Scientists claim that the venom of a wasp native to Brazil, Polybia paulista, could be life-saving.
According to a study, the wasp’s venom contains a toxin named MP1. MPS selectively destroys tumor cells without harming normal ones. This venom has since been categorized as a potential powerful weapon against cancer.
During lab tests, MP1 was found to inhibit the growth of prostate and bladder cancer cells in addition to leukemia cells which has demonstrated to be resistant to a variety of other drugs.
The toxin interacts with fatty molecules known as lipids that are found on the outside of cancer cell membranes. The toxin then disrupt the structure of the protective membranes which creates holes that allow molecules which are critical to the survival of the cancer cell to leak out.
Because healthy cells do not have lipids on their exterior, they do not appear to be susceptible to the wasp toxin the way cancer cells are.
One of the study’s authors asserts that cancer therapies which attack the lipid composition of the cell membrane would be an entirely new class of anticancer drugs. This finding could be useful in developing new combination therapies where multiple drugs are used simultaneously to treat cancer by attacking difference parts of the cancer cells at the same time.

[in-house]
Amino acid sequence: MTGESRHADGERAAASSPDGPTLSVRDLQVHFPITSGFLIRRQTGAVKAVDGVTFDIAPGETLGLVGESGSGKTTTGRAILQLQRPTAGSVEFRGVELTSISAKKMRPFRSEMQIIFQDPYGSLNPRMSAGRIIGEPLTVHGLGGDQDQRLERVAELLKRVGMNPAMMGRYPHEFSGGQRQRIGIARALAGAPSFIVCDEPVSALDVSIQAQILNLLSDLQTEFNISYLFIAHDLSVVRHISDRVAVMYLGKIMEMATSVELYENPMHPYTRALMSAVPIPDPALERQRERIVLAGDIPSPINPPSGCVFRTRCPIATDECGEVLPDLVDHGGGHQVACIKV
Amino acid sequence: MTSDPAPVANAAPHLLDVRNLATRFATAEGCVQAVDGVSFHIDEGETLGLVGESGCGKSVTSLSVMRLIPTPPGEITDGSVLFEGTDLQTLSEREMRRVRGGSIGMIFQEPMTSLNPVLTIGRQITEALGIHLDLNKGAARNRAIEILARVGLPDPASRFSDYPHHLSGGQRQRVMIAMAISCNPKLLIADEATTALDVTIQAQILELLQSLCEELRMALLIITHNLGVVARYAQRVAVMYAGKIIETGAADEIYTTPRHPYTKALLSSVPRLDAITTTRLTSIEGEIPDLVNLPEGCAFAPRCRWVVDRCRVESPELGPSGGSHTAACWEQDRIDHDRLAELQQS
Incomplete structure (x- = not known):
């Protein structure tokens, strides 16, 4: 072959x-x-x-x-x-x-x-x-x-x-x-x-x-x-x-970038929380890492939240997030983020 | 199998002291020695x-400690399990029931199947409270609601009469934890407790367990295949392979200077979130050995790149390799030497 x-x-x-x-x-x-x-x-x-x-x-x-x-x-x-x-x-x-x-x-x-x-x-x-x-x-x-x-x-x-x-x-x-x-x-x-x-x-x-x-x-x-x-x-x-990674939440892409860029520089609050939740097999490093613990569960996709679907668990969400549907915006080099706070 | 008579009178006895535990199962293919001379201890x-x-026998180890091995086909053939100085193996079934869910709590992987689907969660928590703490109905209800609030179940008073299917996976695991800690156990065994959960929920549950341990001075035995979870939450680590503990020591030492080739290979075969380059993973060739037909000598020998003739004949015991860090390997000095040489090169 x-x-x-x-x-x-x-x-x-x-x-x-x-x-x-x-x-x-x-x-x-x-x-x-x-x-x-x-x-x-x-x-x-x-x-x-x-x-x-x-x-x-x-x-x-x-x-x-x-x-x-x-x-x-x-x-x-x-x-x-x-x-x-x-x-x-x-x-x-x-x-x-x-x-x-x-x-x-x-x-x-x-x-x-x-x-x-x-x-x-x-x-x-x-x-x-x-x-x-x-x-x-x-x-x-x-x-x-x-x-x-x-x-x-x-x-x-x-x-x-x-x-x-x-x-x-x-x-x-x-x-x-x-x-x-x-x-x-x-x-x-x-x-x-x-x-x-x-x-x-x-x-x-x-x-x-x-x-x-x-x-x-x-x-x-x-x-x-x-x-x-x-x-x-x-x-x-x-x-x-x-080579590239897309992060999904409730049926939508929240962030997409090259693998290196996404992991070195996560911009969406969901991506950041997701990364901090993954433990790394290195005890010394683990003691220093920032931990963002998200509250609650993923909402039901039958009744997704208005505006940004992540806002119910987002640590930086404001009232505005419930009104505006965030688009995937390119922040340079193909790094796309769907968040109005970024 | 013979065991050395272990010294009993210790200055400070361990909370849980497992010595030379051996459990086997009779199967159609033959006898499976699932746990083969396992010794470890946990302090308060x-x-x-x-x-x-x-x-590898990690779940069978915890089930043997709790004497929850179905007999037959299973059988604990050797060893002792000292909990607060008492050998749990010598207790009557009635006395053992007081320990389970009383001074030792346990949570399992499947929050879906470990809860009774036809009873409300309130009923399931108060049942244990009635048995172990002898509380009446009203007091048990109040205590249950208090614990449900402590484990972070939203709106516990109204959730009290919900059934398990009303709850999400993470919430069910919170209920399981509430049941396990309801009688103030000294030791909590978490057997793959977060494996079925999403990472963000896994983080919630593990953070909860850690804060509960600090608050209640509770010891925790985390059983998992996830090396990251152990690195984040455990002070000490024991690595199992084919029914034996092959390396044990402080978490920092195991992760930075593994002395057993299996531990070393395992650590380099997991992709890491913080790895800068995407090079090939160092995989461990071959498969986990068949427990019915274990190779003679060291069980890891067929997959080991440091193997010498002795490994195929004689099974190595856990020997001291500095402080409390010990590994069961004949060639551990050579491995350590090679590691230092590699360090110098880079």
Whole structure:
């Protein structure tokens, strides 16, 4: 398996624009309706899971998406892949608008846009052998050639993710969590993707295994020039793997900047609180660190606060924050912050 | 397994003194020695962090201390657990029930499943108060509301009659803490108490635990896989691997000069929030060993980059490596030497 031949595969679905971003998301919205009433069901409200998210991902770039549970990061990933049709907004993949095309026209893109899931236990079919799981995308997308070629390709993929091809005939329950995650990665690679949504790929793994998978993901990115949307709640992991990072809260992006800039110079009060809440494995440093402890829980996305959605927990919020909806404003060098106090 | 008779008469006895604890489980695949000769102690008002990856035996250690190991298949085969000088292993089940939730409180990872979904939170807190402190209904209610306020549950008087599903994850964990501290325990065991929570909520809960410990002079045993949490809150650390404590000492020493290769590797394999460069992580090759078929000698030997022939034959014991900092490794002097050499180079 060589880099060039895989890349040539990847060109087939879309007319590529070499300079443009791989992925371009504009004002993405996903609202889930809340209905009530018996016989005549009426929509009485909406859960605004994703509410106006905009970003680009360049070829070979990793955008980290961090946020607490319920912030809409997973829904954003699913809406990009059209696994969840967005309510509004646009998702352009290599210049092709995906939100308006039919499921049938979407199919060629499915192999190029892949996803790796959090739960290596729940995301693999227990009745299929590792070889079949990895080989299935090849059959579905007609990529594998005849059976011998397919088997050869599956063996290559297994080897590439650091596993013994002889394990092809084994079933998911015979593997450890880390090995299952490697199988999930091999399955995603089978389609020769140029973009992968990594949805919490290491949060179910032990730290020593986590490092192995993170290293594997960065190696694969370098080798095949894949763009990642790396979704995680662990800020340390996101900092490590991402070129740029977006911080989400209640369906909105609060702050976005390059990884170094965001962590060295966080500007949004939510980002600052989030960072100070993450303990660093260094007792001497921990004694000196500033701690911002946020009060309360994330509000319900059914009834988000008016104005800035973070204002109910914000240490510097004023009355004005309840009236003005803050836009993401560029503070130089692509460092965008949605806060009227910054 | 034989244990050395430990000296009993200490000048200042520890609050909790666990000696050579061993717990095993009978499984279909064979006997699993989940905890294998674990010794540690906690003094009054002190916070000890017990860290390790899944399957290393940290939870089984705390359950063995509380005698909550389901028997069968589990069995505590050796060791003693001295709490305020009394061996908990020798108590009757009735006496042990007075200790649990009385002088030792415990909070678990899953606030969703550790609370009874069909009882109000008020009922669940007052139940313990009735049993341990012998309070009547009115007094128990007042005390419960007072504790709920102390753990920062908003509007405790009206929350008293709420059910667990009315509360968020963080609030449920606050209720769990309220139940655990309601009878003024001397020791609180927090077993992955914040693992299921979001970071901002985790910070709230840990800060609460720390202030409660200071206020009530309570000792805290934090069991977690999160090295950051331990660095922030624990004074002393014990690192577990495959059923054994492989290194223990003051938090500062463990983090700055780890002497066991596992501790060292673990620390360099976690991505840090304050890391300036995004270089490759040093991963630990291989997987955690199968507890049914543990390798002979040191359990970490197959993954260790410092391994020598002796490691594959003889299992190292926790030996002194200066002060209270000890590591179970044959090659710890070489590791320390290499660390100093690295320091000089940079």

Although the use of the wasp’s venom as a treatment is an option it is highly theoretical.
Scientists are now working to understand the mechanism of action of MP1in order to further assess the potential for this toxin to be used in medicine.
Although the toxin has shown to be selective to cancer cells and non-toxic to normal cells in the lab, this peptide has the potential to be safe, however further investigation will be required to prove that.
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